Archive for October, 2009

25 Oct 2009

The Last Post

2 Comments Chile, San Fernando

Every room comes with a free guide puppy – Julian and Paul bonding
We have been in the mountains near San Fernando, about 2 hours south of Santiago, for the last couple of days, being waited on and constantly plied with wine, beer and Pisco Sours, by William and Carolina at their mountain hideaway.

View from the dining room
One cool hot tub

Paul and Gill have been off on horses with a local guide exploring secret waterfalls and icy-cold pools, while I have been issued the task of stoking the fire for the wood-fired hot tub, making sure it was hot enough for their return. Sometimes I think this relationship is a little lop-sided!


Well that’s it! 26 hours and three flights door-to-door, and we’ll be back in sunny Perth … planning the next escapade.

Thanks for reading and as the cartoon says … “That’s all folks.”


Al (Paul & Gillian)
22 Oct 2009

Tick Tick Tick – Welcome To Pucon

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Views of Volcano Villarrica smoking away across Lake

The hypnosis – the sweet whispers at bedtime – worked. I finally shocked them out of their slothful city existences and back to the mountains. We arrived at Pucon early in the morning and a taxi whisked us to Antumalal Hotel, an oasis on the banks of the spectacular Lake Villarrica.

Antumalal Hotel gardens overlooking Lake Villarrica

Antumalal Hotel gardens – view from our bedroom

Waiting for the first Pisco Sour to arrive

Antumalal is surrounded by well tended colourful exotic gardens. It is a small hotel with a history. Architecturally it is very beautiful – timeless even – each of the 22 rooms has windows the entire width of the room that overlook the lake. It was built in 1945 and has changed little since. The corridor walls are lined with photographs of famous people who have stayed here.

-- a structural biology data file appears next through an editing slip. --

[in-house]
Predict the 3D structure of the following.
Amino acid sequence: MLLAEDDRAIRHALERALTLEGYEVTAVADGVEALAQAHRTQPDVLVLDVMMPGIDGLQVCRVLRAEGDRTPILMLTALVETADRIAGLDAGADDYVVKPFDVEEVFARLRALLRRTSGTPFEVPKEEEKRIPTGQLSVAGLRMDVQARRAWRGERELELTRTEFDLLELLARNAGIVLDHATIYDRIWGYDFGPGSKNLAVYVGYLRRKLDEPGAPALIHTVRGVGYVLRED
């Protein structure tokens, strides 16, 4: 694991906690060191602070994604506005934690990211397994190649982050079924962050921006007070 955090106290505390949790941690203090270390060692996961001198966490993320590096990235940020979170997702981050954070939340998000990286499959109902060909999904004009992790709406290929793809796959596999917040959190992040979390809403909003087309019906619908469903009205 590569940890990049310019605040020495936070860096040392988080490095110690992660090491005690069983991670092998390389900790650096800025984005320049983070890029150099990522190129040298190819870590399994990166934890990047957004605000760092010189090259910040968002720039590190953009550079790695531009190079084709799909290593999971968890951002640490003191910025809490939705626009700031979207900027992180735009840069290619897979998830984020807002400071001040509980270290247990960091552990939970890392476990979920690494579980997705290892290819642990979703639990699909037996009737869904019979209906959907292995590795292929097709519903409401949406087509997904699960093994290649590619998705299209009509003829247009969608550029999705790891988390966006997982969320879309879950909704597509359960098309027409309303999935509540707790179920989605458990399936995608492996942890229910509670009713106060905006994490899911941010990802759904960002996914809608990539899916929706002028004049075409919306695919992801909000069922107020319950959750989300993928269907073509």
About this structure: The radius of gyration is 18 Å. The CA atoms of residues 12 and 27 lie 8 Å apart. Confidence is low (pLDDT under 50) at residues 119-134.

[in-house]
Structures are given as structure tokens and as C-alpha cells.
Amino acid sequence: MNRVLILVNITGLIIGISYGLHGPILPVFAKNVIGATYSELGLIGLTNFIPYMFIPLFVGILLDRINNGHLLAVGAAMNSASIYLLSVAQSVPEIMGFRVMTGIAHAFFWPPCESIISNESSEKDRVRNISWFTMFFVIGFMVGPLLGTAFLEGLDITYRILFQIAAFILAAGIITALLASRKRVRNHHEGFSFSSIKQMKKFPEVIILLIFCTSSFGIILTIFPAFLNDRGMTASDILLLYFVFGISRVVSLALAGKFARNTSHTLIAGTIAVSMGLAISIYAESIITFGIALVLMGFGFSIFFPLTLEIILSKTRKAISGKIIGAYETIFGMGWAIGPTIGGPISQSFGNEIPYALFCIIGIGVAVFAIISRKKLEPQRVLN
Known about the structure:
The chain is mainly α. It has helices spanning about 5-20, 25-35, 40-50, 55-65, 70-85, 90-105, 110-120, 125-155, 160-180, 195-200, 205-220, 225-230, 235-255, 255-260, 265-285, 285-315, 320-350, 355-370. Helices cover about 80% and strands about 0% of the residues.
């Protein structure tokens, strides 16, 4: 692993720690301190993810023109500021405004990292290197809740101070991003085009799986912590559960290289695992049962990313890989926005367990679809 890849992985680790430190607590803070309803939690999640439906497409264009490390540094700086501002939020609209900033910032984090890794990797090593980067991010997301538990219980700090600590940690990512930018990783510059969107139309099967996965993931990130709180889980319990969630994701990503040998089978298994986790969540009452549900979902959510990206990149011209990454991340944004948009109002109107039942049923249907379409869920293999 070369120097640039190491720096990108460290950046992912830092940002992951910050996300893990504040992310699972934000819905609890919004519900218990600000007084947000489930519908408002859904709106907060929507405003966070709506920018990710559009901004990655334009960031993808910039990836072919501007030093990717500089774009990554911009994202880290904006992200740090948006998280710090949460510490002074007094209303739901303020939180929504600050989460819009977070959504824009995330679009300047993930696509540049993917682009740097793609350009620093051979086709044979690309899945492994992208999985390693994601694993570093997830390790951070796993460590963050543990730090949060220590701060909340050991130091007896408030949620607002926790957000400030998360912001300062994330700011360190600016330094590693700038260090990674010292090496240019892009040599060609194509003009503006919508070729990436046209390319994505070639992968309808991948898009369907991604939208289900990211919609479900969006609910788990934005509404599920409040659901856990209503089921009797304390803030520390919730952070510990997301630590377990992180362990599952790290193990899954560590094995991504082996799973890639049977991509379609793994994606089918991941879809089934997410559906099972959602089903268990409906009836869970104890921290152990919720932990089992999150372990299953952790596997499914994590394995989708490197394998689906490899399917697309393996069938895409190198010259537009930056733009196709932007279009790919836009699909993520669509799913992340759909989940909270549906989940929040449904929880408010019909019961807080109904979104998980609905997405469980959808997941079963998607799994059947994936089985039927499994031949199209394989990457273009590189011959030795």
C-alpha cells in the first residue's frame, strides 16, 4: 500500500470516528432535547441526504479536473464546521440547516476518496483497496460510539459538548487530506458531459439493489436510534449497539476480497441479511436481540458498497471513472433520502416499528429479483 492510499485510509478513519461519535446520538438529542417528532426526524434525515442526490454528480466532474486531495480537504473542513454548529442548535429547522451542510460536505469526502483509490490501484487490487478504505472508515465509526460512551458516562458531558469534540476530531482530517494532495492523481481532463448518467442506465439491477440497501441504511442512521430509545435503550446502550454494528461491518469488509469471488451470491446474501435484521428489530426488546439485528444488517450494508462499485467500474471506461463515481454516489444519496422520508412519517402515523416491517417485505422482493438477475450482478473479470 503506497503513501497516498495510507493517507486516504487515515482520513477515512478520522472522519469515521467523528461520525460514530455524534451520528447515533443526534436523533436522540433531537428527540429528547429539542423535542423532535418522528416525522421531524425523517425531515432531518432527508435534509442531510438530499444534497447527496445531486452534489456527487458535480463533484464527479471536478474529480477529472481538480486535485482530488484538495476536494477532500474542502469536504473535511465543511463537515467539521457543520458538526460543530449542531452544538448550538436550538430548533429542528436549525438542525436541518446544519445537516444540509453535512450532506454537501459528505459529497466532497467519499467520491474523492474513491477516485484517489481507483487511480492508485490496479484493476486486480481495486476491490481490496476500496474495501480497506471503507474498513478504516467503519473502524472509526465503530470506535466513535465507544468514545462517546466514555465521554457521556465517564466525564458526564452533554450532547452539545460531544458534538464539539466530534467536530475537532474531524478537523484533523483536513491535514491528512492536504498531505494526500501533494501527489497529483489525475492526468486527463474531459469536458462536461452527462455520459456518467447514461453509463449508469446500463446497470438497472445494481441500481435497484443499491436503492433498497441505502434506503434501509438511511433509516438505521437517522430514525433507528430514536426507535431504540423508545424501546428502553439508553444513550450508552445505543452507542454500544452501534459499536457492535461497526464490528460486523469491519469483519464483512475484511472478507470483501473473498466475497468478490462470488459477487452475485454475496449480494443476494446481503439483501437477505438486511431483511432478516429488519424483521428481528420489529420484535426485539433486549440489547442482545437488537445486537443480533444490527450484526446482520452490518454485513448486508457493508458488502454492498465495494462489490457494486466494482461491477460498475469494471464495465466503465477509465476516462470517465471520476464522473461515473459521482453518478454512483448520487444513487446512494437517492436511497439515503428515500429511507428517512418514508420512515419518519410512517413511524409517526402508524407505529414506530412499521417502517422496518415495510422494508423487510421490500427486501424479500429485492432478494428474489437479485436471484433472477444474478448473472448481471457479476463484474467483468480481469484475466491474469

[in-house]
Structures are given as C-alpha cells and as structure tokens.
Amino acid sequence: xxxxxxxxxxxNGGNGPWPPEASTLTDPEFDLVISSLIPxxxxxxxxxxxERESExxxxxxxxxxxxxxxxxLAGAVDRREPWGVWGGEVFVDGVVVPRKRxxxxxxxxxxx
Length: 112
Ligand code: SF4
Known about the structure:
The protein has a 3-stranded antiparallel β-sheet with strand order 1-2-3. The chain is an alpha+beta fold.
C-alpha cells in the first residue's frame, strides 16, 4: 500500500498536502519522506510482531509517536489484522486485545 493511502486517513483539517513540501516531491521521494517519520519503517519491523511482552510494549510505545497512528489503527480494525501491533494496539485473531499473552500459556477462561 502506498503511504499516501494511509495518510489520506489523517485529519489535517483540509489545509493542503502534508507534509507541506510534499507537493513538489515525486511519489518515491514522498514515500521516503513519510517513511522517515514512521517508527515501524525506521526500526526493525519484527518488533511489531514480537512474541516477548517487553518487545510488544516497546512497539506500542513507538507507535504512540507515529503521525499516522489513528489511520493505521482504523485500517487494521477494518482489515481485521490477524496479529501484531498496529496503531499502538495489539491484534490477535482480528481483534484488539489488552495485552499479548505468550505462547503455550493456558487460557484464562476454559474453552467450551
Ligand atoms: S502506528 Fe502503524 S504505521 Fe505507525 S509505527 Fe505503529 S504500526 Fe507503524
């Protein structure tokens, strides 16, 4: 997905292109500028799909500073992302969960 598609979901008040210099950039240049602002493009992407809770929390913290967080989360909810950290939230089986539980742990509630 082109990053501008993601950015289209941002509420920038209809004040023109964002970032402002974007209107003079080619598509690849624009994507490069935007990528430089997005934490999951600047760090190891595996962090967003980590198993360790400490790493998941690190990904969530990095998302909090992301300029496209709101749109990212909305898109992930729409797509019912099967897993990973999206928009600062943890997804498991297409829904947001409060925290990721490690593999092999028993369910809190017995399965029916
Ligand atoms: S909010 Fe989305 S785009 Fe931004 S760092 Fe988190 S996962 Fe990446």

I was sitting on a comfy sofa in the hotel lounge, the open fire blazing, the last light of day rippling across the lake, sipping my Pisco Sour, when I heard hushed voices behind me.

“Did you hear there’s a celebrity staying here?”

I listened to their conversation for a while, pushing myself further into the cushion so as not to be seen.

“He’s a lot smaller in real life”

It piqued my curiosity until I could stand it no more. I peered over the cushion. There was a rustle and a bit of a commotion, then lots of shouting, “There he is. Quick.”

In an instant I was seeing stars as a barrage of camera flashes went off all around me.

“It’s Al. Cool. Hey Al …”

I spent the next hour signing autographs and then walked down the corridors with the hotel management deciding which photos should come down so mine could go up – there were some old black and whites of Queen Elizabeth, a couple of James Stewart and one or two of Neil Armstrong. I think I’d like to be next to Emma Thompson I said.

Antumalal is a cool hotel – when you ask for a queen room, you can actually have the room Queen Elizabeth stayed in!